Rygar: The Legendary Adventure

Originally an 8-BIT classic, Rygar is back courtesy of Tecmo, and this new rendition does not disappoint. Find out if you should own it, in our full review.


By Joe Ten Brook

Rygar was originally conceived for the NES, and many of the great things about The Legendary Adventure were established in the original. Of course, like many other classic franchises Tecmo decided it was time to bring Rygar back - so they did, and in rather a grand fashion too. It's amazing just how great Rygar plays, looks and sounds in its new 3D form. It's one of those games that will suck you in and consume your thoughts until you finish it - which has to be the sign of a great game.

The Legendary Adventure centers around Greek mythology. There are several Gods, Titans and other mythological creatures in the game, but the actual story revolves around a gladiator named Rygar, and his quest to rescue the kidnapped princess Harmonia. (Shwing).

This quest leads Rygar to the legendary (and incredibly cool) diskarmor. This legendary weapon plays a major role in making Rygar a super fun game, and also happens to be one of the coolest weapons ever in an action game. The story also focuses on the struggle between the Gods, Titans and other mythological topics, which really immerse the player in the world of Argus. Rygar's story is not only unique, its interesting and although it isn't as important as the actual gameplay, it's still great.

"Rygar is super-easy to pick up and play, and a blast once you're into it.."

The control is intuitive, precise and easy to learn as it was in the original Rygar. At its most basic level, Rygar's control scheme is pretty much perfect. With a button for jumping (X) and the other 3 face buttons designated for attacking, this allows for some great combos and special attacks, but most of them can be done with relative ease because they utilize only the three attack buttons. Blocking is done with the L1 or R1 buttons, and can be combined with X to perform certain special moves that you get throughout the game. Later in the game you'll even gain the ability to grapple and swing with the diskarmor - your best friend, as you'll soon discover.

This control scheme gives Rygar a level of depth for those who wish to learn all the combos, but at the same time it provides a steady learning curve. Rygar is super-easy to pick up and play, and a blast once you're into it. The actual gameplay is a mix of action, adventure and platforming - the action takes place rather consistently and involves you beating enemies into the ground with your super cool diskarmor. Your weapon of choice is a spinning disc attached to a chain, that can be thrown at your enemies, objects or grapple points.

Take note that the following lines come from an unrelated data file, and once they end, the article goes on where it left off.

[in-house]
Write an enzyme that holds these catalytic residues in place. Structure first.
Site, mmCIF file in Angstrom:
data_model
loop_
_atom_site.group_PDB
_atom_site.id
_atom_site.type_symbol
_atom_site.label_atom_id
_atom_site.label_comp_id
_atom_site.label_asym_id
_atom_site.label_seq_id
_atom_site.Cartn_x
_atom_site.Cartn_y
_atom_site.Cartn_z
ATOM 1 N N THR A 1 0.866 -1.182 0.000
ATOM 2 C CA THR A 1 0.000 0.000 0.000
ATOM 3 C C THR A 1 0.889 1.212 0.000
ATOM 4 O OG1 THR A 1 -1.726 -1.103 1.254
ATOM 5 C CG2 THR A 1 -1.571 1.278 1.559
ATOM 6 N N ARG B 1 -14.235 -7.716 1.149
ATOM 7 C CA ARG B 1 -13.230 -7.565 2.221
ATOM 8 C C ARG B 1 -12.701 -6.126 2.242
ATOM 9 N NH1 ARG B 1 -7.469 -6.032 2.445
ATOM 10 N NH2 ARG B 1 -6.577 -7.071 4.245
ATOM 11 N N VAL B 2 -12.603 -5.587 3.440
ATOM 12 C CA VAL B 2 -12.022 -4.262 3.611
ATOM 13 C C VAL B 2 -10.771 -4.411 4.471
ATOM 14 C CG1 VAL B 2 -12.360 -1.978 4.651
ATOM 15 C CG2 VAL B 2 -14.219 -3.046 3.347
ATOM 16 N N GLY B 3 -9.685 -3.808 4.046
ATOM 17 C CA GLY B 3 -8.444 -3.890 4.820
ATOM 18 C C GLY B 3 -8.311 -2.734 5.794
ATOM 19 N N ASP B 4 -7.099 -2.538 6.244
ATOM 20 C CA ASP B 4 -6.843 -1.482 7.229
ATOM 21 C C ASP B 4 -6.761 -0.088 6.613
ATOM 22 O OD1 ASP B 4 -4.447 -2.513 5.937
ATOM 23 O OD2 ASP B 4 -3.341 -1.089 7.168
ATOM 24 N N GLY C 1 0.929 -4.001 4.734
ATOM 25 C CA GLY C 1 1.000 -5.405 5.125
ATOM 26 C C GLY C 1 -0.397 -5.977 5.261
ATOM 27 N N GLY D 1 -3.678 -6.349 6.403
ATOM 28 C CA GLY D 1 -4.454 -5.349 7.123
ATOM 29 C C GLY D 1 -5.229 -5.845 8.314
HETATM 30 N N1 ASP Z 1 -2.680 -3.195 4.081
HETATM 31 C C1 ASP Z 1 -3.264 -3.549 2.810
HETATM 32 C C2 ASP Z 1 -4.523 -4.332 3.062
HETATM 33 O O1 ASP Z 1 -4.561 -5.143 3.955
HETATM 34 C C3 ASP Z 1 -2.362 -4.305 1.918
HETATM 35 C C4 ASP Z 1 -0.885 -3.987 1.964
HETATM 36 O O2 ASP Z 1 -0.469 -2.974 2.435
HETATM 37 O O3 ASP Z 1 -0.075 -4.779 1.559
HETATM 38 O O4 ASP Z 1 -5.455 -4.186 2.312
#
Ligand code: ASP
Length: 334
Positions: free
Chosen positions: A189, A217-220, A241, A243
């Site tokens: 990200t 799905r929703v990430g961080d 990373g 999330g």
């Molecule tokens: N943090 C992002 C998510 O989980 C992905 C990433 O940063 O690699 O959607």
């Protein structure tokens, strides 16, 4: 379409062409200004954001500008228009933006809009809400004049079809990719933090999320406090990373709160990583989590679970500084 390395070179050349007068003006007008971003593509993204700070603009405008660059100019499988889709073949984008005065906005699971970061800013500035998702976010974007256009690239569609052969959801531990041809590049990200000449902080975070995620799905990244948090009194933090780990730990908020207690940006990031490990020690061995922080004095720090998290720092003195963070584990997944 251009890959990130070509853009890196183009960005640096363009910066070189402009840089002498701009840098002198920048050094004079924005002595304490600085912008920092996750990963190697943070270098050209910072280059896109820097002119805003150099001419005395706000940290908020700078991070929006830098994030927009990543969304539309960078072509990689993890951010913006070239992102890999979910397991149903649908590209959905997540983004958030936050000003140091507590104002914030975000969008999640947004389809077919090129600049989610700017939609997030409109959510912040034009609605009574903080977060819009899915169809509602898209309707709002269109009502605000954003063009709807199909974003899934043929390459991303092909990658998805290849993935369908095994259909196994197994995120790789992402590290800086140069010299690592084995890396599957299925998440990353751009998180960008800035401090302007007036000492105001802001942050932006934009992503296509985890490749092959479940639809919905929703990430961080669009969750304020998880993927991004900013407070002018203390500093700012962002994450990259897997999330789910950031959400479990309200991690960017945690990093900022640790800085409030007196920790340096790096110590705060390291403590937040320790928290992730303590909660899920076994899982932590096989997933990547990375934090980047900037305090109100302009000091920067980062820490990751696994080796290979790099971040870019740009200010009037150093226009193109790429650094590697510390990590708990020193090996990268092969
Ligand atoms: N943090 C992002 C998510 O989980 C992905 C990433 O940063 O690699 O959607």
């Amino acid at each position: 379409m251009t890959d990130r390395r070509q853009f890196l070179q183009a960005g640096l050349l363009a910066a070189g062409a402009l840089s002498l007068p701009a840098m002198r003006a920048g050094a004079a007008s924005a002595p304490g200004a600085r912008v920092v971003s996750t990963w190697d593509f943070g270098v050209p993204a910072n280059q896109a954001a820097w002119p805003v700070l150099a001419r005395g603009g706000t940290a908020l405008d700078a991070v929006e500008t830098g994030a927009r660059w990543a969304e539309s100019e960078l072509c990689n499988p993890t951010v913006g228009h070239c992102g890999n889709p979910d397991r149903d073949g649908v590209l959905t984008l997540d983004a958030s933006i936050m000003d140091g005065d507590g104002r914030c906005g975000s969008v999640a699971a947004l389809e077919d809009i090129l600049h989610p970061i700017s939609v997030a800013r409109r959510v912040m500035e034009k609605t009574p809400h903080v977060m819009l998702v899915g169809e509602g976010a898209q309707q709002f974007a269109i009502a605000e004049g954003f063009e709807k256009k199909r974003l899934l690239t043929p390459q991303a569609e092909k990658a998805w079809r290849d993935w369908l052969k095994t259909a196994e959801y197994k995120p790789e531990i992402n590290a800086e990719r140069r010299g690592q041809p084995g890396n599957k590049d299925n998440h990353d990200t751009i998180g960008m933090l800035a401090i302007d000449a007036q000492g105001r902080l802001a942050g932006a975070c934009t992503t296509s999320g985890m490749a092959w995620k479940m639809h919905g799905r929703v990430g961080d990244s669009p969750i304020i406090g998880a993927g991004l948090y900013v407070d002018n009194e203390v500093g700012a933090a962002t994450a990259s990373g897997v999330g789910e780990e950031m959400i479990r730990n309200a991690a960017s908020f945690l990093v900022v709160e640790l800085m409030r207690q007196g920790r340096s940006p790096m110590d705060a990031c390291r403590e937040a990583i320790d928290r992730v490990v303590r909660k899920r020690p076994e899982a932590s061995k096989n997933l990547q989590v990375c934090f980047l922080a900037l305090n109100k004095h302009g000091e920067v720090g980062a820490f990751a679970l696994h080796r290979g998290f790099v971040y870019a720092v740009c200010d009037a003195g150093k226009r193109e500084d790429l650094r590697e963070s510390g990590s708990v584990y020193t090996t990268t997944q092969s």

"Some of the music is just downright amazing, and complements the rest of the game perfectly."

Your diskarmor will change when you get far enough in the game, with three different forms in total, all of which you can switch between, and all having a 'summon' creature. The diskarmor physics are also spot on, and each diskarmor behaves differently. Simply put, you will have loads of fun just messing around with the diskarmor and all its combos and special abilities.

Each diskarmor can also be upgraded very much like in an RPG. As you destroy your opponents and other objects, you gain 'build up points' that are used to upgrade. Each diskarmor is upgraded separately and increases your strength and defense. Then you can also equip stones to each diskarmor, giving them stat boosts and extra attributes. After you get into the upgrading, you can get your diskarmors pretty strong - you also gain life, defense and attack pick-ups, again likening this title to an RPG.

Platforming and exploring also play a huge role in your adventure. You will find yourself ascending walkways and jumping over pits just like the old days. Each level provides new challenges, and much like Nintendo's Metroid titles, there are many spots that require certain abilities to access. Your diskarmor also plays a large role in the platforming part of the game. You will use it to swing from grapple points, access secret areas and grapple across gaps that are too big to jump.

You'll also find yourself exploring a lot, so you can uncover stones and secrets. If you don't, you'll miss out on some great items. Once again your diskarmor will help you smash, swing or cross to many of the secret areas, giving you one more reason to use that awesome weapon!